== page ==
This is what happens and this is how it feels. I was driving along a well-lit suburban street with my two small stepchildren in the back of the car. We were on the way to pick up my wife who had been working away for a few days, and we were all excited about seeing her. It was 6.35pm on a dark February evening and I had some rather gloomy Radiohead music on the CD player.
In an instant, a few yards in front of me was a small child. He was followed by an adult. I remember thinking "WHAT THE..." and then reflexively hit my brakes. The car skidded and I ran into both of them. The child flew through the air, caught in the beam of my headlights. I didn't see the adult.
Traffic stopped behind me and on the other side of the road ahead of me. For a few seconds everything was still. The child, who looked about three years old, was crying in a heap a few yards in front of my car; the adult had been thrown further.
I stopped thinking normally. I had no idea what to do. It was probably only 30 seconds after the accident and already a crowd was appearing. I realised that I needed to phone the emergency services and I went back to my car and got my phone. I couldn't bring myself to address my children in the back seat.
Ringing 999 seemed to takes ages. There was a dislocation between the absolute panic now enveloping me and the calm voice on the other end. I grabbed a bystander to ask where we were. By this point, a large number of people had gathered.
My victims were clearly local with lots of family and friends in the vicinity. They surrounded the bodies lying on the road and after a few false starts at trying to be a doctor, I gave up. I felt incompetent and could only think that I had done this.
It started to become clearer what had happened. The child had got out of a car in a side street and had run towards the main road; his aunt had screamed and run after him. Both had run into my path.
Somebody tapped me on the shoulder. "Are you all right, mate? I saw everything. The kid ran out in front of you – there was nothing you could have done." These were very kind words. I remembered my children. I put my head back into the car – both were crying. I said everything was going to be fine, but I had no idea whether this was the truth.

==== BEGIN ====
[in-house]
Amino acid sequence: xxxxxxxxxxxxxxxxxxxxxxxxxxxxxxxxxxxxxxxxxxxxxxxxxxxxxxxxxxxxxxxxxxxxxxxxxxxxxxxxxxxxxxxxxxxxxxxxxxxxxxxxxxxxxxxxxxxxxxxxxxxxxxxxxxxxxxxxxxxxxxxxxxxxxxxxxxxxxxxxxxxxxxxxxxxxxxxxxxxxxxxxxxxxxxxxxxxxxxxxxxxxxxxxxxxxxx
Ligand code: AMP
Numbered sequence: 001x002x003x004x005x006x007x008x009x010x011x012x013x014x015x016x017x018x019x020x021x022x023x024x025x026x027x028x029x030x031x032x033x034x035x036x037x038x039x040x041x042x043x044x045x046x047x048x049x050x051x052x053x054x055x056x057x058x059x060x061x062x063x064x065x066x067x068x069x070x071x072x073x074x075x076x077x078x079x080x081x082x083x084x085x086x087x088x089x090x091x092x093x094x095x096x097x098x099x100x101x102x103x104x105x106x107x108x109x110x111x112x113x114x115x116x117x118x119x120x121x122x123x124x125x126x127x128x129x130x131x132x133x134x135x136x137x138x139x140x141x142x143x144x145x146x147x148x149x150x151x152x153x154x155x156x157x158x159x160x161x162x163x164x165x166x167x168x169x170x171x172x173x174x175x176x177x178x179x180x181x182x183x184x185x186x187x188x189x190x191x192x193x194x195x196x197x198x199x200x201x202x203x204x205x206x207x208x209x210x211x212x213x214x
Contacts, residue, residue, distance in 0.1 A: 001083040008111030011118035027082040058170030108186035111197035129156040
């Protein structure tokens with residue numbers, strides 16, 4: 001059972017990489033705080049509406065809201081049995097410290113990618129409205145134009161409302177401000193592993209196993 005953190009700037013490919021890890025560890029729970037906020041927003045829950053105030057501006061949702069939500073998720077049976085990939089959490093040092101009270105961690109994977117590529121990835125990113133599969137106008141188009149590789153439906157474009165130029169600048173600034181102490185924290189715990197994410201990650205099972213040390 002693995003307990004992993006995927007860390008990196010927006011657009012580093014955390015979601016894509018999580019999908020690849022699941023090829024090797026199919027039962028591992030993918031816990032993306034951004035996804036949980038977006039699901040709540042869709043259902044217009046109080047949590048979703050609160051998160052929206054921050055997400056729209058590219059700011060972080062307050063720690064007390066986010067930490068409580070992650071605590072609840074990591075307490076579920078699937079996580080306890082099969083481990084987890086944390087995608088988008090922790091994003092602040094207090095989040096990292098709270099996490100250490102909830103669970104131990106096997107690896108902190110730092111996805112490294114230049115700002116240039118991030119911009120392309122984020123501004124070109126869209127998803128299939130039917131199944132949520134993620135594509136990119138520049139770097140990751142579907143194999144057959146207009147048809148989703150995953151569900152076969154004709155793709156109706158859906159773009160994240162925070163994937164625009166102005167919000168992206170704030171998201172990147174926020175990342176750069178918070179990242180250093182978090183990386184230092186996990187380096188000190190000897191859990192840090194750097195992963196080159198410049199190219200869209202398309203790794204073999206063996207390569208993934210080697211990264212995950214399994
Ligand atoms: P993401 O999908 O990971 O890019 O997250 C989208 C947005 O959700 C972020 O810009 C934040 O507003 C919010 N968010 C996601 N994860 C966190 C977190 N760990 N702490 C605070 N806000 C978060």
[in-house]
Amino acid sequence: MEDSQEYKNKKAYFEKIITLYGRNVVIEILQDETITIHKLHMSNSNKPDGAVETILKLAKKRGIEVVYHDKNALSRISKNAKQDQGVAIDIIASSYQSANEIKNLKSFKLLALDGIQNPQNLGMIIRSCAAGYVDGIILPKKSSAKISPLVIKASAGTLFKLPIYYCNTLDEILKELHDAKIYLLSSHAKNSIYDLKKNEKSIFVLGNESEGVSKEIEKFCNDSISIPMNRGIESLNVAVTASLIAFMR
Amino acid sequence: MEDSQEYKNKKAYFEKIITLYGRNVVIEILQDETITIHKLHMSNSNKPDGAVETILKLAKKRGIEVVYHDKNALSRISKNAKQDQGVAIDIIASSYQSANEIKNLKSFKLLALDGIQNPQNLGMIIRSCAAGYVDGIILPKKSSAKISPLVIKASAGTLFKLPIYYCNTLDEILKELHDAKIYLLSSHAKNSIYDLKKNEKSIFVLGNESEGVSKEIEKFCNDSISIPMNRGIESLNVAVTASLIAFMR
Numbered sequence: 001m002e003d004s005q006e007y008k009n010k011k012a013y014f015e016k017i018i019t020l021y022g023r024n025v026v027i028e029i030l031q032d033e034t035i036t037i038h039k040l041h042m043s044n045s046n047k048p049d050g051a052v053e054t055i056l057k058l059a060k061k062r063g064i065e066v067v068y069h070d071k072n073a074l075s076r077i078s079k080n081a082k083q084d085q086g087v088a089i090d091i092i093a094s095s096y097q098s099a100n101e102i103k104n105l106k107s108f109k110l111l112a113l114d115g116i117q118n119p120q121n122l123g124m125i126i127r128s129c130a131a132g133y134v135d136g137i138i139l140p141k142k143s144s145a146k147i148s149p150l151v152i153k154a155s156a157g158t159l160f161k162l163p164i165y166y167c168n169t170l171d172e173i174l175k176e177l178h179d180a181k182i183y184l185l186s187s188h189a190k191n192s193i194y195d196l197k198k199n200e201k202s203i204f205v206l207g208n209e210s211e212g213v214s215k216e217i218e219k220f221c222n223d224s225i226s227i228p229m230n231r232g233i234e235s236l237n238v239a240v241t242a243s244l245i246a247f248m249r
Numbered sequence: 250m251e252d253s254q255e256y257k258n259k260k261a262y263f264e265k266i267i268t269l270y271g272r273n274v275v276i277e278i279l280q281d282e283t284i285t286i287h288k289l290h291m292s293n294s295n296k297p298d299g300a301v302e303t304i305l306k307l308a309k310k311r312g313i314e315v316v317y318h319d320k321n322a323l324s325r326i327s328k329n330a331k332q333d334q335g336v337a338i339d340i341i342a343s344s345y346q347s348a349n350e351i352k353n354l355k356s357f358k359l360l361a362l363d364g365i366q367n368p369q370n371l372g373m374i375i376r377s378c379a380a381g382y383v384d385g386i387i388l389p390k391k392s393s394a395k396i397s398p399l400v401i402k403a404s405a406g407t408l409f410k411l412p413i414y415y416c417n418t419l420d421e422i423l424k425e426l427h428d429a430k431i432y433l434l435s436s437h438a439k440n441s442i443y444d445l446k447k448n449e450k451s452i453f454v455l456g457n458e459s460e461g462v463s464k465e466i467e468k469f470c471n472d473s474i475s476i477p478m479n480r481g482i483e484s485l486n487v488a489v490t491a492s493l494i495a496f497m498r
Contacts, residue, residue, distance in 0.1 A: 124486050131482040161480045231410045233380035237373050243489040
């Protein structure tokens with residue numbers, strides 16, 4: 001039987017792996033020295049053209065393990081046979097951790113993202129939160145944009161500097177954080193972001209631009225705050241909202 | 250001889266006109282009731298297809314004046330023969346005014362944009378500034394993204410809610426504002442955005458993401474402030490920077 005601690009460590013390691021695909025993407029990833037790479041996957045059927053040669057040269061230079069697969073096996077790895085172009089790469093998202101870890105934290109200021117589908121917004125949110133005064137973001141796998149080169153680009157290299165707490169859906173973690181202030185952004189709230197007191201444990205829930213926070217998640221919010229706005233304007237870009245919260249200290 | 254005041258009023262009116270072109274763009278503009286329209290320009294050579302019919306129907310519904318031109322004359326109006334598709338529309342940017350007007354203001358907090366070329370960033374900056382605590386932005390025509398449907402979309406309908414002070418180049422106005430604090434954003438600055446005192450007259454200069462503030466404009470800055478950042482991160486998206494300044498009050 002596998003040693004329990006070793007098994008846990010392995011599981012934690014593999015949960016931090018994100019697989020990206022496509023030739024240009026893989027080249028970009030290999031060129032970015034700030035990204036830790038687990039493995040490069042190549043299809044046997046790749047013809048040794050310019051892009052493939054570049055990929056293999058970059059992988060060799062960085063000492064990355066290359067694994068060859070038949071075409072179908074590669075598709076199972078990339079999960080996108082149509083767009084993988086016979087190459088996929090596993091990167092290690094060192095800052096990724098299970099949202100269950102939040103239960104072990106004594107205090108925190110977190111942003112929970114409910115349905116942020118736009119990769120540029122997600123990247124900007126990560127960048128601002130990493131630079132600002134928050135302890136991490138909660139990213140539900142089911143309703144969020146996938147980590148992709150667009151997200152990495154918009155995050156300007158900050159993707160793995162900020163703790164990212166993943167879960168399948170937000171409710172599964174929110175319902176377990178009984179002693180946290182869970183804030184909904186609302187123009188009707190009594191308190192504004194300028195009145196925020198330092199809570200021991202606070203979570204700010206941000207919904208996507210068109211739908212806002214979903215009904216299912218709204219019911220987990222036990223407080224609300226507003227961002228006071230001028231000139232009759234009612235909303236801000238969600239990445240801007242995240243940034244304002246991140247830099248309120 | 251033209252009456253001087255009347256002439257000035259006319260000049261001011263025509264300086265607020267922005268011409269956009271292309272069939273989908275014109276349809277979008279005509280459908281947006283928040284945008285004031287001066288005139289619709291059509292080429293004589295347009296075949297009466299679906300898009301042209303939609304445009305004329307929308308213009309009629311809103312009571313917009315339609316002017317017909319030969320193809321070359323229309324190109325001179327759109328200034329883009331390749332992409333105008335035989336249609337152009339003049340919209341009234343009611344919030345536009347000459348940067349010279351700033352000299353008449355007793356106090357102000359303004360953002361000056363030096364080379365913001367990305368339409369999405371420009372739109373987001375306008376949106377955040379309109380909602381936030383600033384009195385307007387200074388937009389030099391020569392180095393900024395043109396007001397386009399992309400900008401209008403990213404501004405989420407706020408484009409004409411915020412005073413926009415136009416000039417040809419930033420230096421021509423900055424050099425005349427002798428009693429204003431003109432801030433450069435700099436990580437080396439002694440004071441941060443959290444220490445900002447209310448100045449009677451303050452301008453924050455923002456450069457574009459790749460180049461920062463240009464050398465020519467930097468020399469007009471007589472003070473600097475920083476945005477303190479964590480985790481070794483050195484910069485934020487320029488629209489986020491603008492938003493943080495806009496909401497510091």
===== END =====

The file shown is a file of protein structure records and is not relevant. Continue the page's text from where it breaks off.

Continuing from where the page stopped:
On the road, nothing had changed. I rang my wife, incoherent. "Something awful has happened..." She was calm. She established where I was and said she'd be there shortly in a taxi. The traffic was backed up on either side of the car. It must have been about seven or eight minutes after the accident when an off-duty paramedic appeared and took control.
After a further five minutes or so the police arrived – lots of them. I was identified as the driver and was told to switch off my engine and sit in my car. Then a rapid-response team arrived in an ambulance car and another five minutes after that, thank God, an ambulance. I heard them apologise for being so long.
The policemen were very young. They were polite but firm and they started to appeal for witnesses, whom they began to interview as the ambulance men got out stretchers to carefully move the bodies.
A man tapped on my car window. I got out. He said he was the child's father. He asked me how I was and said he thought his son was going to be OK. A paramedic then came over. He told me not to be frightened about the stretchers, he didn't think there had been any major injuries.
The ambulance then sped off and a police sergeant appeared. He was less friendly and spent a long time inspecting my car. He ordered the young policemen to chalk the road, to show the position of my car.
My wife appeared, walking along the road with her luggage. The sergeant then allowed the car to be moved and one of the young policemen said he would take me home later. My wife drove the children home.
The police then explained that I would need to accompany them to the police station. They asked me if I had been intimidated by the crowd – I hadn't. The police were now friendly and sympathetic. The witnesses corroborated my story.
The ride in the police car was short and the police station was cold. I couldn't stop shaking. The Breathalyser test was carefully explained and I passed it. I was led through my witness statement by one policeman as another checked my car insurance and tax on their databases.
I was then told that no action would be taken against me and I was taken home by one of the young policemen. He told me to ring him if I needed to talk. He rang me a day or two later and told me that the aunt and the child had no broken bones and were both at home nursing some bruising.
The aunt wanted to talk to me and he asked whether he could give her my phone number. She rang me a few minutes later to tell me that she and her nephew were both well and to thank me for not driving fast. I told her that it was brave of her to try to save the child, and she laughed.
So what has this experience done to me? Suddenly, a few speeding points on my licence don't seem quite so innocent. If you have any, you should also feel ashamed. It is easy to exceed the speed limit and, thankfully, on this occasion, I wasn't. Nor was I fiddling with my mobile phone, sat-nav, or CD player, all of which I have done before.
I think I was going at 20mph at the point of impact, and maybe now you will agree with me that that should be the speed limit in built-up areas.
Dr Nick Foreman is a GP from Rickmansworth, Hertfordshire. This article is published in this week's British Medical Journal
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